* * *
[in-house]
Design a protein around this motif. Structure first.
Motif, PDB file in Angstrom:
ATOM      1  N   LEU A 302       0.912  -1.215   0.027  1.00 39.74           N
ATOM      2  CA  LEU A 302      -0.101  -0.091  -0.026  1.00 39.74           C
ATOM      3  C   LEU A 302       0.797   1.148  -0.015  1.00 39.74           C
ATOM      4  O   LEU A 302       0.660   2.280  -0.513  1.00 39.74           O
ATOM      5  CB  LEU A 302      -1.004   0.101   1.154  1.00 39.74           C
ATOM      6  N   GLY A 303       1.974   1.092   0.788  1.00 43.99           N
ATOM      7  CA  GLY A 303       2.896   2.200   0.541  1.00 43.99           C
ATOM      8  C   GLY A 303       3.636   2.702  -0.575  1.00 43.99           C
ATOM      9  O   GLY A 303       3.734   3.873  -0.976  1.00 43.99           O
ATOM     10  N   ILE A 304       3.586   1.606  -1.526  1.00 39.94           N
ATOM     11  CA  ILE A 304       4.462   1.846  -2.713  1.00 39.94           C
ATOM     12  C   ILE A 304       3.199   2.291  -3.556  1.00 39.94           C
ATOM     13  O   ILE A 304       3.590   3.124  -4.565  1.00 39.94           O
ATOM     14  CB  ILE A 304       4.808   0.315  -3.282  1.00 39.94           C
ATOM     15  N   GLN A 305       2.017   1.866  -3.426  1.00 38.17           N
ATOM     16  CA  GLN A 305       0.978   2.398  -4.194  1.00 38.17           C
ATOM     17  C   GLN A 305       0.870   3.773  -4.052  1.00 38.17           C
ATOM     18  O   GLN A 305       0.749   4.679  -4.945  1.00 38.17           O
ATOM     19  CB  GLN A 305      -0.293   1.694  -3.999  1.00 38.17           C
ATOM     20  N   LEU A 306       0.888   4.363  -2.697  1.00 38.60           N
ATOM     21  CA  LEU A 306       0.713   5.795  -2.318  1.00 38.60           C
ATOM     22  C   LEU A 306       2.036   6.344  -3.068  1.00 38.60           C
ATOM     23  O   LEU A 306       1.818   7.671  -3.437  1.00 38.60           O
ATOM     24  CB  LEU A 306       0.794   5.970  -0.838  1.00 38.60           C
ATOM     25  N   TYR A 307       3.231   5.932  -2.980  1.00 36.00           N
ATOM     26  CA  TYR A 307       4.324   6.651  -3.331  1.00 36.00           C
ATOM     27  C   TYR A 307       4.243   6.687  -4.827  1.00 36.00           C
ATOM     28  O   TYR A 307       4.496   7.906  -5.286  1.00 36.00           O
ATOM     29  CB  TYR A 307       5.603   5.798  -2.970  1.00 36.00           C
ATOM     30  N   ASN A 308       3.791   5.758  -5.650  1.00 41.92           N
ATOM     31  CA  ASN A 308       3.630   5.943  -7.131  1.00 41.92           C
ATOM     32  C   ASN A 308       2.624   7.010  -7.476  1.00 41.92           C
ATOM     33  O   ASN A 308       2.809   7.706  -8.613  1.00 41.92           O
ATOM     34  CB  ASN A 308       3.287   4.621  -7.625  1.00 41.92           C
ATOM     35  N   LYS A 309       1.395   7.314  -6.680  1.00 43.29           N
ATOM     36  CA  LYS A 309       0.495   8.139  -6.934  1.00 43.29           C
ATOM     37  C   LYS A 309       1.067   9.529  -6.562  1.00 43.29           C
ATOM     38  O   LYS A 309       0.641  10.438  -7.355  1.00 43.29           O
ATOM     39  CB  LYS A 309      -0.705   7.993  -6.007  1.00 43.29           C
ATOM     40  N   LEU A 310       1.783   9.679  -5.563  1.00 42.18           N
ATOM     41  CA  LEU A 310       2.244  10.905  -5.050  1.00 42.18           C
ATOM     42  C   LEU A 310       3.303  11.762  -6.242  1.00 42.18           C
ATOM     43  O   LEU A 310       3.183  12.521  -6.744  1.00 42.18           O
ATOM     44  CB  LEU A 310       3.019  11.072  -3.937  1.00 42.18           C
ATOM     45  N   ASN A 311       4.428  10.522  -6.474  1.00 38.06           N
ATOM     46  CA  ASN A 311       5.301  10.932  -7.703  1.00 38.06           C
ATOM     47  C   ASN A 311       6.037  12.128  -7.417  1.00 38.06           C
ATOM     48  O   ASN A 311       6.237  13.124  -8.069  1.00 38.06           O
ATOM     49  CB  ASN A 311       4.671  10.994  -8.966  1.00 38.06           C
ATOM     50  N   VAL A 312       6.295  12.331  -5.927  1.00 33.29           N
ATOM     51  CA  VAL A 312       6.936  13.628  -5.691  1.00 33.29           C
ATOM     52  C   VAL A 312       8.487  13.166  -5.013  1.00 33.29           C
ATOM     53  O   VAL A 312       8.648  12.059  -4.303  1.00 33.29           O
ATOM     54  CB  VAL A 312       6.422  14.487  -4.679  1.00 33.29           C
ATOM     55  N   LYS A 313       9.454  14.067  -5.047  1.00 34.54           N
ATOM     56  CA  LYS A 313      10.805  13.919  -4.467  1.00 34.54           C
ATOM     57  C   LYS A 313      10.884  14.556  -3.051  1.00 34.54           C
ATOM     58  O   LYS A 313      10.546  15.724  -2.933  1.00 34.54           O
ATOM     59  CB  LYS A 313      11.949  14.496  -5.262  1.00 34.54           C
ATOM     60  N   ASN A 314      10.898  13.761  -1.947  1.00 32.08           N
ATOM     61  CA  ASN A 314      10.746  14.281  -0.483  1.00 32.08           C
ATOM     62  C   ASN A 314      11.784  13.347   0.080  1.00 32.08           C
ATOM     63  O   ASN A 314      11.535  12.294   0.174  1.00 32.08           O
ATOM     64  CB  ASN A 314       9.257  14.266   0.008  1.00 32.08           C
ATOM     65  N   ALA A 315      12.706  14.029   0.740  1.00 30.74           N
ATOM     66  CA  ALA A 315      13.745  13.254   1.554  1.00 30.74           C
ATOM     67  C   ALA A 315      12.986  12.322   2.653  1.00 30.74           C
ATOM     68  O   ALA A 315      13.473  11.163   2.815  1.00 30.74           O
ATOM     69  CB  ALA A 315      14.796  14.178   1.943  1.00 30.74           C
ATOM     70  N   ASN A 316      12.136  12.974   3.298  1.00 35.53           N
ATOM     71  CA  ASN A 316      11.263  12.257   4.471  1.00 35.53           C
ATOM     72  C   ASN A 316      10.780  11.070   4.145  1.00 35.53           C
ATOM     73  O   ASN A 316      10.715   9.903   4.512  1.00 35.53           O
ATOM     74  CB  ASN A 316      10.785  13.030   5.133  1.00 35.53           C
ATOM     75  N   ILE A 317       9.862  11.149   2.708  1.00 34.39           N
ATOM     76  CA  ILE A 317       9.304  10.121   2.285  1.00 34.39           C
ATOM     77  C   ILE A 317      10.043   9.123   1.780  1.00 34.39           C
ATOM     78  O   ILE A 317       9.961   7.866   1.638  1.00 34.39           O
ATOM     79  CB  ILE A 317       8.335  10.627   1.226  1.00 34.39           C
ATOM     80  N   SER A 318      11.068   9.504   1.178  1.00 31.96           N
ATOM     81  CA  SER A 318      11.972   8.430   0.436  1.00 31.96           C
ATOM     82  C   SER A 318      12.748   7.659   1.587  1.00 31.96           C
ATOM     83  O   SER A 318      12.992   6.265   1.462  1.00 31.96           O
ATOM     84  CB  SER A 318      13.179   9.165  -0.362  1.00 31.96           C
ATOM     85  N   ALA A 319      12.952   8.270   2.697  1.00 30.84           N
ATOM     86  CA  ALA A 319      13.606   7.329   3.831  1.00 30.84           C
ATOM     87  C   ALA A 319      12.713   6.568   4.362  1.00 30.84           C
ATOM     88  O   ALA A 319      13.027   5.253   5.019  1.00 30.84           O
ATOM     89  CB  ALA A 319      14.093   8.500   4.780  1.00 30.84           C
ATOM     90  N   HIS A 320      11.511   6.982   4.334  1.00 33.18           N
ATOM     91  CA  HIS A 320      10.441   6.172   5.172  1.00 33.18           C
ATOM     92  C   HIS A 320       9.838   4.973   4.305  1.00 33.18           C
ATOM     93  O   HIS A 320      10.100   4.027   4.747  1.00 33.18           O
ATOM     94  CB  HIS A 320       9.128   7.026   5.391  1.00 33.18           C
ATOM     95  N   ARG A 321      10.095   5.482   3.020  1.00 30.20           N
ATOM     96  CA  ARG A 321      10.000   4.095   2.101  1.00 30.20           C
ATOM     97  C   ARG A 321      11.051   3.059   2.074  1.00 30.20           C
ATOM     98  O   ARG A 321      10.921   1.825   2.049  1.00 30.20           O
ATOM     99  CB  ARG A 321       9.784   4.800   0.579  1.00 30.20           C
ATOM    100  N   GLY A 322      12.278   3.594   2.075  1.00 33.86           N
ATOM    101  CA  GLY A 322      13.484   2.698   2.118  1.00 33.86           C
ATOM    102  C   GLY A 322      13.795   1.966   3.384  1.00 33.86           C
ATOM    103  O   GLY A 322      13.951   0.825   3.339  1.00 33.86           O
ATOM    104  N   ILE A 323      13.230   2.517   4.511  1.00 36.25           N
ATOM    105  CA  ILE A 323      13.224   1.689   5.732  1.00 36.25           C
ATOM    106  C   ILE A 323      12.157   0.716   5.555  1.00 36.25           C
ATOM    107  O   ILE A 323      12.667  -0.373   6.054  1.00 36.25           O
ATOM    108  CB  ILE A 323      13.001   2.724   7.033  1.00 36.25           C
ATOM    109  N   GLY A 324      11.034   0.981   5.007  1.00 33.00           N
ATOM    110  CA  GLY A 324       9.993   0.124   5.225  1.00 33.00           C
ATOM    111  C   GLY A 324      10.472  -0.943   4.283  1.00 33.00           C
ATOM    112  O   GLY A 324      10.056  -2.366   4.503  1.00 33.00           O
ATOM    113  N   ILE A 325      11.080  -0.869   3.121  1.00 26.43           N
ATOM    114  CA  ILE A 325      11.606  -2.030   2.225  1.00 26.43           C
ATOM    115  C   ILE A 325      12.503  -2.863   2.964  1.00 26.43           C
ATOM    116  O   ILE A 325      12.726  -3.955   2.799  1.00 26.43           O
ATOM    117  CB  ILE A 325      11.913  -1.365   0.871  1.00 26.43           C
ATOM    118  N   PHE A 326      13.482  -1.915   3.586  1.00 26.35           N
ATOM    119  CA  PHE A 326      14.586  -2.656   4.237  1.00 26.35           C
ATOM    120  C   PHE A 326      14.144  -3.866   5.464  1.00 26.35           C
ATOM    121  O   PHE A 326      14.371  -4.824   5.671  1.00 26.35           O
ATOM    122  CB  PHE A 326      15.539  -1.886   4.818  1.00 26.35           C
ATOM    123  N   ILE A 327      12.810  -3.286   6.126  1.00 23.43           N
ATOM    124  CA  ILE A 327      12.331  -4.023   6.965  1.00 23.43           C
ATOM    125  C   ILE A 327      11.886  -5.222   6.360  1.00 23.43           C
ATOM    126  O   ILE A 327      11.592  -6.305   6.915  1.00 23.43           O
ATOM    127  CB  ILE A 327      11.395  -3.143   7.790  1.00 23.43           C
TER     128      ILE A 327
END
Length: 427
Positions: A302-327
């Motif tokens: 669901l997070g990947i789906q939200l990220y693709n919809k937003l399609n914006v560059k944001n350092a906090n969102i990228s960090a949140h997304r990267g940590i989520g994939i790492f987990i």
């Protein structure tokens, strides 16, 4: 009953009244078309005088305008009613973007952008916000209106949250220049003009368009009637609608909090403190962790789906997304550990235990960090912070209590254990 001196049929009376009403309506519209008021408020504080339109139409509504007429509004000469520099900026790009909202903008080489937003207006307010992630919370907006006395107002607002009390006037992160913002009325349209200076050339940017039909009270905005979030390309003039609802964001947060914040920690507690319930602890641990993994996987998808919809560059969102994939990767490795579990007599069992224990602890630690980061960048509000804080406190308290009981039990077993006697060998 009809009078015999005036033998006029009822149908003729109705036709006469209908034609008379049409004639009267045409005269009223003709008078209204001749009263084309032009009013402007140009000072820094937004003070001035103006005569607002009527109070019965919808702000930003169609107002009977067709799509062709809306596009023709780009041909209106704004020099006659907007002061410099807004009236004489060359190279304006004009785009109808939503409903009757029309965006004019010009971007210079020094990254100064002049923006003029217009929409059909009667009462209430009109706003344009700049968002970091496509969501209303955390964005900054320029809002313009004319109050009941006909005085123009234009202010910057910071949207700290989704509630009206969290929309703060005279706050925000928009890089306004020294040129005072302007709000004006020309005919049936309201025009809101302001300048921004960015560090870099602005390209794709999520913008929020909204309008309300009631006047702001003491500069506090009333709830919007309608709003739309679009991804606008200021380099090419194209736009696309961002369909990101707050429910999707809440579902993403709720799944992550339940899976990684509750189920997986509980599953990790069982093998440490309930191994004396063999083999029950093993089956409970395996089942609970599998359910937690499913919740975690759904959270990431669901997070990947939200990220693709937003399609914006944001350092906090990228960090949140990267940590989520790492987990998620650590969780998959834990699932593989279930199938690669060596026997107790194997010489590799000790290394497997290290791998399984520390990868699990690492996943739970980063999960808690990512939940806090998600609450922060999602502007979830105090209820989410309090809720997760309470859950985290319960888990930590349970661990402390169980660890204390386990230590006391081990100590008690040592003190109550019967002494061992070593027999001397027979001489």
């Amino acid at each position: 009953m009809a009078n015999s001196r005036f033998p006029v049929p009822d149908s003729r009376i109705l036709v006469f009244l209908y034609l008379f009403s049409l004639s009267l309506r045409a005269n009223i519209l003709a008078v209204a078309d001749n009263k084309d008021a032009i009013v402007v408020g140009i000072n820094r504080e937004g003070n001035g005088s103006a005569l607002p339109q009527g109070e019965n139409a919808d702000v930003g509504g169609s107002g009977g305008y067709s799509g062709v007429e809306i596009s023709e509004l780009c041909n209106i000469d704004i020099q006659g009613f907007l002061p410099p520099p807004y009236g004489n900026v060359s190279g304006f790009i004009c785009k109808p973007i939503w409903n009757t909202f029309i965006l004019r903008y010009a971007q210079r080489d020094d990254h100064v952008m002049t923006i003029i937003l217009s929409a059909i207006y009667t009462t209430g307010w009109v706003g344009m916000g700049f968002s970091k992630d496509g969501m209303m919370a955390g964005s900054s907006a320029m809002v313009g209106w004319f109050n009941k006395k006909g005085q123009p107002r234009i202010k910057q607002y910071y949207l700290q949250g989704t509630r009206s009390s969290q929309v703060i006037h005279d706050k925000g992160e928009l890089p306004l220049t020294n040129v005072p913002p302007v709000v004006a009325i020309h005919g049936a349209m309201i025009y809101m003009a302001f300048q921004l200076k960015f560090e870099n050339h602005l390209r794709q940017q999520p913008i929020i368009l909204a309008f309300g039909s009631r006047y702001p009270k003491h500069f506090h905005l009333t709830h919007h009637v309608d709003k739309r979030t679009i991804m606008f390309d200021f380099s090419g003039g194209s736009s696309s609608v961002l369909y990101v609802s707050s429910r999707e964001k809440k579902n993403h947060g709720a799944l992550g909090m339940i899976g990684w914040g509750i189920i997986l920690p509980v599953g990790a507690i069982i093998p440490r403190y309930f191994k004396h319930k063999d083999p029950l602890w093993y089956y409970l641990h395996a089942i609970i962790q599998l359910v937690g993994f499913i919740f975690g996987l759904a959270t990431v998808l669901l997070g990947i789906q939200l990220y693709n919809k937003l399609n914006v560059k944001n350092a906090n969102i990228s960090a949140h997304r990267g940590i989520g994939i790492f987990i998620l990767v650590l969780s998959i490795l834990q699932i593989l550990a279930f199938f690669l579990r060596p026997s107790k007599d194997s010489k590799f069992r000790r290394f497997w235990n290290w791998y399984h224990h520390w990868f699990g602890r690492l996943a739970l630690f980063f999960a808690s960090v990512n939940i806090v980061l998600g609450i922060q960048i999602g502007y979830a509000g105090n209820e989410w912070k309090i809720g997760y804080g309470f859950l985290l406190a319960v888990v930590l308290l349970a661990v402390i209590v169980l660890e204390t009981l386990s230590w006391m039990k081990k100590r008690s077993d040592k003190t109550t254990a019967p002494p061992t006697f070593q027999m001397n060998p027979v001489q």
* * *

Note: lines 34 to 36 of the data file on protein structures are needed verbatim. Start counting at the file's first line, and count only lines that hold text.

ATOM     31  CA  ASN A 308       3.630   5.943  -7.131  1.00 41.92           C
ATOM     32  C   ASN A 308       2.624   7.010  -7.476  1.00 41.92           C
ATOM     33  O   ASN A 308       2.809   7.706  -8.613  1.00 41.92           O